Developer and minister Cleo Brooks (deceased) was one of the hundreds of students who participated in school integration marches. Because he was very young and kept near the back, he noticed that every day when they marched from the church to the courthouse, there was a white line chalked on the pavement. In 2009 he told me, “The powers that be put that line there to indicate where we had to stop marching that day. But it kept moving forward about ten feet a day. Someone higher up must have told them we were going to get there someday. We would arrive at the courthouse and we were going to win the right to equal public schools. They just wanted to make it as slow as they could.”

Rosetta Anderson, Camden activist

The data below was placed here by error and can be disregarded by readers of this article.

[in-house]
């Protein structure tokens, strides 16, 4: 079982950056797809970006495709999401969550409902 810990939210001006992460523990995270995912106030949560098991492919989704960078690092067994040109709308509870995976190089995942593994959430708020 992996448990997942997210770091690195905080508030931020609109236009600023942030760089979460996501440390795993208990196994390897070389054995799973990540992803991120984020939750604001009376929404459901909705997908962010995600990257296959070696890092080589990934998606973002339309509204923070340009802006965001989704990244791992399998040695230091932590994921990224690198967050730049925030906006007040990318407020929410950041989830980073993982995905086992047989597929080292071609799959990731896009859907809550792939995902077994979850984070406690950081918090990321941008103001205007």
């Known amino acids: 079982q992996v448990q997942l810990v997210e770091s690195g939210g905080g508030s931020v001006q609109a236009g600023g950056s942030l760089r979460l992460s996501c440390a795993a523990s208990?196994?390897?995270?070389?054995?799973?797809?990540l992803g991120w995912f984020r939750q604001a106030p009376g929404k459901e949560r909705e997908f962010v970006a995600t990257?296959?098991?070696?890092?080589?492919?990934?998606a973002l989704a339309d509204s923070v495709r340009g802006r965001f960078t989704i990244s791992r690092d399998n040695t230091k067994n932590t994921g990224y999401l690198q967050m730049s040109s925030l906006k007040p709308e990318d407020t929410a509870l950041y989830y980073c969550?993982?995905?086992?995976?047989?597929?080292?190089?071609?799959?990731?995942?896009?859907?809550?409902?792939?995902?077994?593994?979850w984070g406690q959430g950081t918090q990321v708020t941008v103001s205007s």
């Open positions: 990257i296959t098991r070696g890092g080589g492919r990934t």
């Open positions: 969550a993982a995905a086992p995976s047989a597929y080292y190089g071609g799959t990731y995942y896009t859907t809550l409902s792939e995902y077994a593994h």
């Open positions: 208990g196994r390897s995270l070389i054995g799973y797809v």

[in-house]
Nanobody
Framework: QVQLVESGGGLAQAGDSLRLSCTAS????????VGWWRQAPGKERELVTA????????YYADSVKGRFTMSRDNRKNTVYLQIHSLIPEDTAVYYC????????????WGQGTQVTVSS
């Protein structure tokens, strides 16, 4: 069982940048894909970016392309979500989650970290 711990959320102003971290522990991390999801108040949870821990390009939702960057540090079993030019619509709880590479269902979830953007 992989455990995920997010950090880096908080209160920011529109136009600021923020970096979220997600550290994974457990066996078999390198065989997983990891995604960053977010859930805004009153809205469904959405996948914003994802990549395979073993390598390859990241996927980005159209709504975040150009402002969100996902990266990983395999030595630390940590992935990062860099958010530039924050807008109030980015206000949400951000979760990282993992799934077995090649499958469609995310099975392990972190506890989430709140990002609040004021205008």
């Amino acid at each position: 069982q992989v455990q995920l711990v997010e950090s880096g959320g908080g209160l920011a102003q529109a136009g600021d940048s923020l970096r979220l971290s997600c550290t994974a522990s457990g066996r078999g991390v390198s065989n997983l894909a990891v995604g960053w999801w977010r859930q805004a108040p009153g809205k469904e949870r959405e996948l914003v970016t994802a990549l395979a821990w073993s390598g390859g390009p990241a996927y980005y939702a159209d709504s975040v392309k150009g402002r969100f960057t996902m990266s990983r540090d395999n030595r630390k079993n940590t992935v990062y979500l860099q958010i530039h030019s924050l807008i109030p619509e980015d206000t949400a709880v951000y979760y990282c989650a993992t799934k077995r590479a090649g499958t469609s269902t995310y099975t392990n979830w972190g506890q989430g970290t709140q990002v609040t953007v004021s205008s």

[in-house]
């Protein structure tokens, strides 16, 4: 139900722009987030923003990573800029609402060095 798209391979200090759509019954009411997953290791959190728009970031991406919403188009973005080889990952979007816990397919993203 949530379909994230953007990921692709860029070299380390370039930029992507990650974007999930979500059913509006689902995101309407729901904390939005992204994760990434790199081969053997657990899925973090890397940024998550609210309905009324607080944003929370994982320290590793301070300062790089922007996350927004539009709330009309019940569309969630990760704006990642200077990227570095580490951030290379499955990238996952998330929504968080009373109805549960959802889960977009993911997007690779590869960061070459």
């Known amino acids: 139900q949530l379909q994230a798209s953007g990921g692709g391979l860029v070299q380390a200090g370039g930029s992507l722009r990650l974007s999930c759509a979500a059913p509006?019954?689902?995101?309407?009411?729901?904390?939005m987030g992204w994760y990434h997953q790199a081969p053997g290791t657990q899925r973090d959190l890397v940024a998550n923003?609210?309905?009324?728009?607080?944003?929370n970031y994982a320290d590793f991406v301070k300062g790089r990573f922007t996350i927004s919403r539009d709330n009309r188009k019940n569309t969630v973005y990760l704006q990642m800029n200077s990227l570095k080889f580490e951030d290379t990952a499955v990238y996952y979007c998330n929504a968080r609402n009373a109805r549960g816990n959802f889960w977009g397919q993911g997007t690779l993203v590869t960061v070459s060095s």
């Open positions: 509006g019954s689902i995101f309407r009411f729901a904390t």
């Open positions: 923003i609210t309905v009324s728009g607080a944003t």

“We had so many marches, for years actually, so I don’t recall all of the dates,” Mrs. Anderson went on to say. “‘Big Lester’ Hankerson of SCLC led one march with lots of our local leaders. Four hundred twenty-nine people were arrested that day, including my daughter Lena Jo.  The students were getting more militant by then, ‘Lock us up honky!’ was part of what they chanted as hundreds were placed under arrest. They took the students out to Camp Camden in busses. Those were some times, I tell you!” (2011)

Read more about This Bright Light of Ours:

Celebrate Women in Politics – Register to Vote Today!

Thank you Karina Cervantez, for stepping up to run for Watsonville City Council and for your kind inclusion of me in your “Celebrating Women in Politics” campaign kick-off Aug 18th. Daughter of farmworkers, an outstanding student from an early age, Karina is completing her Ph.D in social psychology at UC Santa Cruz. She serves on the Watsonville Planning Commission, is lecturer at California State University Monterey Bay, is a great mentor to many young women and a wonderful friend! More on Karina